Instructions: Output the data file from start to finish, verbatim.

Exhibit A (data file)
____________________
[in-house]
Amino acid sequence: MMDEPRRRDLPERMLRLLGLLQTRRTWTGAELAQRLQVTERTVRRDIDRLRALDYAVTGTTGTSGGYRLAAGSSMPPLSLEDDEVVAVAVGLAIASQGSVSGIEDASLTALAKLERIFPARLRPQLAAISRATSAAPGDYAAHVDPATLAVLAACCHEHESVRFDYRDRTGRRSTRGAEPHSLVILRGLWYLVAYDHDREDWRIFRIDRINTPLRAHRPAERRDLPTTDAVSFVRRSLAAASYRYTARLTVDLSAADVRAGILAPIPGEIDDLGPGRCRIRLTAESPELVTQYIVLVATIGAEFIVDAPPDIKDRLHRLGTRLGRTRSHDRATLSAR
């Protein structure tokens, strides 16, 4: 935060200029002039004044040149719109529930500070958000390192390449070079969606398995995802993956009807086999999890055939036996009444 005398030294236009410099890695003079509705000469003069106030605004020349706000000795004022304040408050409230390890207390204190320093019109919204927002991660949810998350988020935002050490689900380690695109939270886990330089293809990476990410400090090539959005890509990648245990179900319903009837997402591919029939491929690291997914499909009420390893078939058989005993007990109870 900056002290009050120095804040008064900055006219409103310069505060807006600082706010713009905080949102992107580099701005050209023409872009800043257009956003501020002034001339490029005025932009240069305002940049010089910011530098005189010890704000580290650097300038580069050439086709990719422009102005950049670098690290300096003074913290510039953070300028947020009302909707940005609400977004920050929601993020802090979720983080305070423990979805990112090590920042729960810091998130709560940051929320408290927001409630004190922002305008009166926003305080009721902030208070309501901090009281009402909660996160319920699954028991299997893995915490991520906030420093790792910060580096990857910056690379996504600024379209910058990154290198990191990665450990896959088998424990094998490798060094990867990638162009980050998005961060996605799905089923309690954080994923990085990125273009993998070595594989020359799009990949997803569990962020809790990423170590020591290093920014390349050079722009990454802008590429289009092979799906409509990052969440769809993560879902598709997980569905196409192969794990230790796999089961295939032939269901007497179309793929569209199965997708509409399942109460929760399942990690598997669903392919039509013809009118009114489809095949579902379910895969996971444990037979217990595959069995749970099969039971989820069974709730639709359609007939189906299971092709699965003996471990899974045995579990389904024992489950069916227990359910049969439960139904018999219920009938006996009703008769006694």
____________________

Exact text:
[in-house]
Amino acid sequence: MMDEPRRRDLPERMLRLLGLLQTRRTWTGAELAQRLQVTERTVRRDIDRLRALDYAVTGTTGTSGGYRLAAGSSMPPLSLEDDEVVAVAVGLAIASQGSVSGIEDASLTALAKLERIFPARLRPQLAAISRATSAAPGDYAAHVDPATLAVLAACCHEHESVRFDYRDRTGRRSTRGAEPHSLVILRGLWYLVAYDHDREDWRIFRIDRINTPLRAHRPAERRDLPTTDAVSFVRRSLAAASYRYTARLTVDLSAADVRAGILAPIPGEIDDLGPGRCRIRLTAESPELVTQYIVLVATIGAEFIVDAPPDIKDRLHRLGTRLGRTRSHDRATLSAR
């Protein structure tokens, strides 16, 4: 935060200029002039004044040149719109529930500070958000390192390449070079969606398995995802993956009807086999999890055939036996009444 005398030294236009410099890695003079509705000469003069106030605004020349706000000795004022304040408050409230390890207390204190320093019109919204927002991660949810998350988020935002050490689900380690695109939270886990330089293809990476990410400090090539959005890509990648245990179900319903009837997402591919029939491929690291997914499909009420390893078939058989005993007990109870 900056002290009050120095804040008064900055006219409103310069505060807006600082706010713009905080949102992107580099701005050209023409872009800043257009956003501020002034001339490029005025932009240069305002940049010089910011530098005189010890704000580290650097300038580069050439086709990719422009102005950049670098690290300096003074913290510039953070300028947020009302909707940005609400977004920050929601993020802090979720983080305070423990979805990112090590920042729960810091998130709560940051929320408290927001409630004190922002305008009166926003305080009721902030208070309501901090009281009402909660996160319920699954028991299997893995915490991520906030420093790792910060580096990857910056690379996504600024379209910058990154290198990191990665450990896959088998424990094998490798060094990867990638162009980050998005961060996605799905089923309690954080994923990085990125273009993998070595594989020359799009990949997803569990962020809790990423170590020591290093920014390349050079722009990454802008590429289009092979799906409509990052969440769809993560879902598709997980569905196409192969794990230790796999089961295939032939269901007497179309793929569209199965997708509409399942109460929760399942990690598997669903392919039509013809009118009114489809095949579902379910895969996971444990037979217990595959069995749970099969039971989820069974709730639709359609007939189906299971092709699965003996471990899974045995579990389904024992489950069916227990359910049969439960139904018999219920009938006996009703008769006694």